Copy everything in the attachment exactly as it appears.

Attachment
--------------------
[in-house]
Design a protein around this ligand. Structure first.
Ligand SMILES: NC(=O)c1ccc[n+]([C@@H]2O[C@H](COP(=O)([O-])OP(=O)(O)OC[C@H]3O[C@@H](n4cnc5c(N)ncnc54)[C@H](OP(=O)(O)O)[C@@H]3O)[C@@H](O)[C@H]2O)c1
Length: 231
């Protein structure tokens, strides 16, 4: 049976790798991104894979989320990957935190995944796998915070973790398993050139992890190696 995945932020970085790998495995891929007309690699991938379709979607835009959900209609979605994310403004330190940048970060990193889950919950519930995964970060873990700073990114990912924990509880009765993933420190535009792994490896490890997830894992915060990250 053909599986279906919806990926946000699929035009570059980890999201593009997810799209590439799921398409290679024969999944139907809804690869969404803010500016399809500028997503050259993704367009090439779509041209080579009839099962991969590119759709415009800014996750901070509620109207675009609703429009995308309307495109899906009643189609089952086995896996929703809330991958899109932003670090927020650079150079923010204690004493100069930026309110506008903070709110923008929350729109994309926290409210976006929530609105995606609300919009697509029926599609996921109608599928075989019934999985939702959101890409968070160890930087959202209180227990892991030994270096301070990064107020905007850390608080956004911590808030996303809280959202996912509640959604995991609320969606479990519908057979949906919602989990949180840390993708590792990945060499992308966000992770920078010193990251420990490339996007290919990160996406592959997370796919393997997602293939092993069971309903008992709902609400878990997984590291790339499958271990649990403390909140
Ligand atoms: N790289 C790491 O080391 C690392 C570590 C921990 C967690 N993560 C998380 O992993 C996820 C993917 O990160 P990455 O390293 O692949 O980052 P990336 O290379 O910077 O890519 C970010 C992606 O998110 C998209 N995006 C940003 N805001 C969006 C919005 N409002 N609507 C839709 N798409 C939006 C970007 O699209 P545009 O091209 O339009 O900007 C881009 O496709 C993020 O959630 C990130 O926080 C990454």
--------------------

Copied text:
[in-house]
Design a protein around this ligand. Structure first.
Ligand SMILES: NC(=O)c1ccc[n+]([C@@H]2O[C@H](COP(=O)([O-])OP(=O)(O)OC[C@H]3O[C@@H](n4cnc5c(N)ncnc54)[C@H](OP(=O)(O)O)[C@@H]3O)[C@@H](O)[C@H]2O)c1
Length: 231
């Protein structure tokens, strides 16, 4: 049976790798991104894979989320990957935190995944796998915070973790398993050139992890190696 995945932020970085790998495995891929007309690699991938379709979607835009959900209609979605994310403004330190940048970060990193889950919950519930995964970060873990700073990114990912924990509880009765993933420190535009792994490896490890997830894992915060990250 053909599986279906919806990926946000699929035009570059980890999201593009997810799209590439799921398409290679024969999944139907809804690869969404803010500016399809500028997503050259993704367009090439779509041209080579009839099962991969590119759709415009800014996750901070509620109207675009609703429009995308309307495109899906009643189609089952086995896996929703809330991958899109932003670090927020650079150079923010204690004493100069930026309110506008903070709110923008929350729109994309926290409210976006929530609105995606609300919009697509029926599609996921109608599928075989019934999985939702959101890409968070160890930087959202209180227990892991030994270096301070990064107020905007850390608080956004911590808030996303809280959202996912509640959604995991609320969606479990519908057979949906919602989990949180840390993708590792990945060499992308966000992770920078010193990251420990490339996007290919990160996406592959997370796919393997997602293939092993069971309903008992709902609400878990997984590291790339499958271990649990403390909140
Ligand atoms: N790289 C790491 O080391 C690392 C570590 C921990 C967690 N993560 C998380 O992993 C996820 C993917 O990160 P990455 O390293 O692949 O980052 P990336 O290379 O910077 O890519 C970010 C992606 O998110 C998209 N995006 C940003 N805001 C969006 C919005 N409002 N609507 C839709 N798409 C939006 C970007 O699209 P545009 O091209 O339009 O900007 C881009 O496709 C993020 O959630 C990130 O926080 C990454």